Publication number Priority date Publication date Assignee Title
US6310611B1 (en) * 1996-12-10 2001-10-30 Touchsensor Technologies, Llc Differential touch sensor and control circuit therefor
US6104386A (en) * 1997-02-21 2000-08-15 Alps Electric Co., Ltd. Coordinate input device
USRE46548E1 (en) 1997-10-28 2017-09-12 Apple Inc. Portable computers
USRE45559E1 (en) 1997-10-28 2015-06-09 Apple Inc. Portable computers
US6459424B1 (en) 1999-08-10 2002-10-01 Hewlett-Packard Company Touch-sensitive input screen having regional sensitivity and resolution properties
US6452494B1 (en) * 1999-09-27 2002-09-17 Intel Corporation Activating devices
US6757002B1 (en) 1999-11-04 2004-06-29 Hewlett-Packard Development Company, L.P. Track pad pointing device with areas of specialized function
US20060038783A1 (en) * 1999-11-04 2006-02-23 Shaw Scott J Capacitive mouse
US8035616B2 (en) * 1999-11-04 2011-10-11 Synaptics Incorporated Capacitive mouse
US6587093B1 (en) 1999-11-04 2003-07-01 Synaptics Incorporated Capacitive mouse
WO2001033540A1 (en) * 1999-11-04 2001-05-10 Synaptics, Inc. Capacitive mouse
US20110001704A1 (en) * 1999-11-04 2011-01-06 Synaptics Incorporated Capacitive mouse
US20110001703A1 (en) * 1999-11-04 2011-01-06 Synaptics Incorporated Capacitive mouse
US7817135B2 (en) 1999-11-04 2010-10-19 Synaptics Incorporated Capacitive mouse
US6630896B1 (en) * 2000-05-16 2003-10-07 Ncr Corporation System and method for preventing detection of touch screen input data
US20060032587A1 (en) * 2000-09-29 2006-02-16 Infineon Technolgies Ag Device for connecting two wafers in a planar manner for grinding down and cutting up a product wafer
US9766650B2 (en) 2000-10-26 2017-09-19 Cypress Semiconductor Corporation Microcontroller programmable system on a chip with programmable interconnect
US8176296B2 (en) 2000-10-26 2012-05-08 Cypress Semiconductor Corporation Programmable microcontroller architecture
US10020810B2 (en) 2000-10-26 2018-07-10 Cypress Semiconductor Corporation PSoC architecture
US8736303B2 (en) 2000-10-26 2014-05-27 Cypress Semiconductor Corporation PSOC architecture
US8149048B1 (en) 2000-10-26 2012-04-03 Cypress Semiconductor Corporation Apparatus and method for programmable power management in a programmable analog circuit block
US8555032B2 (en) 2000-10-26 2013-10-08 Cypress Semiconductor Corporation Microcontroller programmable system on a chip with programmable interconnect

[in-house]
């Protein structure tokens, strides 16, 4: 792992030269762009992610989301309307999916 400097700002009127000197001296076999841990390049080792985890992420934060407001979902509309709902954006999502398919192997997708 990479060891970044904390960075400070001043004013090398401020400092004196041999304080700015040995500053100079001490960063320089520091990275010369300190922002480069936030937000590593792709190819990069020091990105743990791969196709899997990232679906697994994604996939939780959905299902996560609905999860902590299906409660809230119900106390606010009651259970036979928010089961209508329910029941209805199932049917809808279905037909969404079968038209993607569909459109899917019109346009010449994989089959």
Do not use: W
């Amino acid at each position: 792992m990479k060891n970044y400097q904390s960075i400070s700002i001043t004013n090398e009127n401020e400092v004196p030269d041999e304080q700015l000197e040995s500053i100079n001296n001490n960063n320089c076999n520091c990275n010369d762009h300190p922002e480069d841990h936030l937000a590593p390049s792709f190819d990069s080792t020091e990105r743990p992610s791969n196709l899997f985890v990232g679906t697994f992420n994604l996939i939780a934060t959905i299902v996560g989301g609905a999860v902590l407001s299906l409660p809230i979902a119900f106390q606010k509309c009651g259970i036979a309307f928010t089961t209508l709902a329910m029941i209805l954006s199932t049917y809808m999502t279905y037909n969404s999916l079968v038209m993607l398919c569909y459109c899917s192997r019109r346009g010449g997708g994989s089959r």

US8358150B1 (en) 2000-10-26 2013-01-22 Cypress Semiconductor Corporation Programmable microcontroller architecture(mixed analog/digital)
US9843327B1 (en) 2000-10-26 2017-12-12 Cypress Semiconductor Corporation PSOC architecture
US7765095B1 (en) 2000-10-26 2010-07-27 Cypress Semiconductor Corporation Conditional branching in an in-circuit emulation system
US8103496B1 (en) 2000-10-26 2012-01-24 Cypress Semicondutor Corporation Breakpoint control in an in-circuit emulation system
US7825688B1 (en) 2000-10-26 2010-11-02 Cypress Semiconductor Corporation Programmable microcontroller architecture(mixed analog/digital)
US8160864B1 (en) 2000-10-26 2012-04-17 Cypress Semiconductor Corporation In-circuit emulator and pod synchronized boot
US6879930B2 (en) * 2001-03-30 2005-04-12 Microsoft Corporation Capacitance touch slider
US20050062732A1 (en) * 2001-03-30 2005-03-24 Microsoft Corporation Capacitance touch slider
US7158125B2 (en) 2001-03-30 2007-01-02 Microsoft Corporation Capacitance touch slider
US20070046651A1 (en) * 2001-03-30 2007-03-01 Microsoft Corporation Capacitance touch slider
US7050927B2 (en) 2001-03-30 2006-05-23 Microsoft Corporation Capacitance touch slider
US7812825B2 (en) 2001-03-30 2010-10-12 Microsoft Corporation Capacitance touch slider
US7710409B2 (en) 2001-10-22 2010-05-04 Apple Inc. Method and apparatus for use of rotational user inputs
US9009626B2 (en) 2001-10-22 2015-04-14 Apple Inc. Method and apparatus for accelerated scrolling
US8952886B2 (en) 2001-10-22 2015-02-10 Apple Inc. Method and apparatus for accelerated scrolling
US20070085841A1 (en) * 2001-10-22 2007-04-19 Apple Computer, Inc. Method and apparatus for accelerated scrolling
US20080098330A1 (en) * 2001-10-22 2008-04-24 Tsuk Robert W Method and Apparatus for Accelerated Scrolling
US20080094352A1 (en) * 2001-10-22 2008-04-24 Tsuk Robert W Method and Apparatus for Accelerated Scrolling
US20070080936A1 (en) * 2001-10-22 2007-04-12 Apple Computer, Inc. Method and apparatus for accelerated scrolling
US7710394B2 (en) 2001-10-22 2010-05-04 Apple Inc. Method and apparatus for use of rotational user inputs
US7710393B2 (en) 2001-10-22 2010-05-04 Apple Inc. Method and apparatus for accelerated scrolling
US20070290990A1 (en) * 2001-10-22 2007-12-20 Robbin Jeffrey L Method and Apparatus for Use of Rotational User Inputs
US20070080938A1 (en) * 2001-10-22 2007-04-12 Apple Computer, Inc. Method and apparatus for use of rotational user inputs
US9977518B2 (en) 2001-10-22 2018-05-22 Apple Inc. Scrolling based on rotational movement